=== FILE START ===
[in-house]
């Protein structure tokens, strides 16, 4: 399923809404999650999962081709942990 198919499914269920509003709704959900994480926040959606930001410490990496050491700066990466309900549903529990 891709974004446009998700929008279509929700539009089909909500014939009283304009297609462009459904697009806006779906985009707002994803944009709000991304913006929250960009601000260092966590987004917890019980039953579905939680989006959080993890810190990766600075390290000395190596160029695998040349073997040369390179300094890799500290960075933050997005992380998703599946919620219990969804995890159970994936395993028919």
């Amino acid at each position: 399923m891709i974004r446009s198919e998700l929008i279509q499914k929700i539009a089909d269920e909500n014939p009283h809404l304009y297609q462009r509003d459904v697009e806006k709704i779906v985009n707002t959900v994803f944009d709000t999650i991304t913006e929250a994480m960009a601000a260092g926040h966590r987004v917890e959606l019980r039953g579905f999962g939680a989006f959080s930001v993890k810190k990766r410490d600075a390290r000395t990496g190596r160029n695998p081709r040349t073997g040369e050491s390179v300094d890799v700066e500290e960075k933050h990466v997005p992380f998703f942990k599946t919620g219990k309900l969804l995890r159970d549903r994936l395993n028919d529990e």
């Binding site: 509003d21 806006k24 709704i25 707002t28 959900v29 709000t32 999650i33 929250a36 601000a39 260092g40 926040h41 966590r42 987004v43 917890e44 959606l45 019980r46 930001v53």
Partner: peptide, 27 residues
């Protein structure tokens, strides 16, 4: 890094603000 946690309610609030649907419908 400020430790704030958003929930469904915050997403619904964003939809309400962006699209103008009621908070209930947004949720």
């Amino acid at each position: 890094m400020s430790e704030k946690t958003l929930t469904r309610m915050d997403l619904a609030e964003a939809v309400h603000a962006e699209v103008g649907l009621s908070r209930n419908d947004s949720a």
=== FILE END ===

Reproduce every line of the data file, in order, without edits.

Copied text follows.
[in-house]
């Protein structure tokens, strides 16, 4: 399923809404999650999962081709942990 198919499914269920509003709704959900994480926040959606930001410490990496050491700066990466309900549903529990 891709974004446009998700929008279509929700539009089909909500014939009283304009297609462009459904697009806006779906985009707002994803944009709000991304913006929250960009601000260092966590987004917890019980039953579905939680989006959080993890810190990766600075390290000395190596160029695998040349073997040369390179300094890799500290960075933050997005992380998703599946919620219990969804995890159970994936395993028919």
């Amino acid at each position: 399923m891709i974004r446009s198919e998700l929008i279509q499914k929700i539009a089909d269920e909500n014939p009283h809404l304009y297609q462009r509003d459904v697009e806006k709704i779906v985009n707002t959900v994803f944009d709000t999650i991304t913006e929250a994480m960009a601000a260092g926040h966590r987004v917890e959606l019980r039953g579905f999962g939680a989006f959080s930001v993890k810190k990766r410490d600075a390290r000395t990496g190596r160029n695998p081709r040349t073997g040369e050491s390179v300094d890799v700066e500290e960075k933050h990466v997005p992380f998703f942990k599946t919620g219990k309900l969804l995890r159970d549903r994936l395993n028919d529990e």
């Binding site: 509003d21 806006k24 709704i25 707002t28 959900v29 709000t32 999650i33 929250a36 601000a39 260092g40 926040h41 966590r42 987004v43 917890e44 959606l45 019980r46 930001v53």
Partner: peptide, 27 residues
């Protein structure tokens, strides 16, 4: 890094603000 946690309610609030649907419908 400020430790704030958003929930469904915050997403619904964003939809309400962006699209103008009621908070209930947004949720």
């Amino acid at each position: 890094m400020s430790e704030k946690t958003l929930t469904r309610m915050d997403l619904a609030e964003a939809v309400h603000a962006e699209v103008g649907l009621s908070r209930n419908d947004s949720a």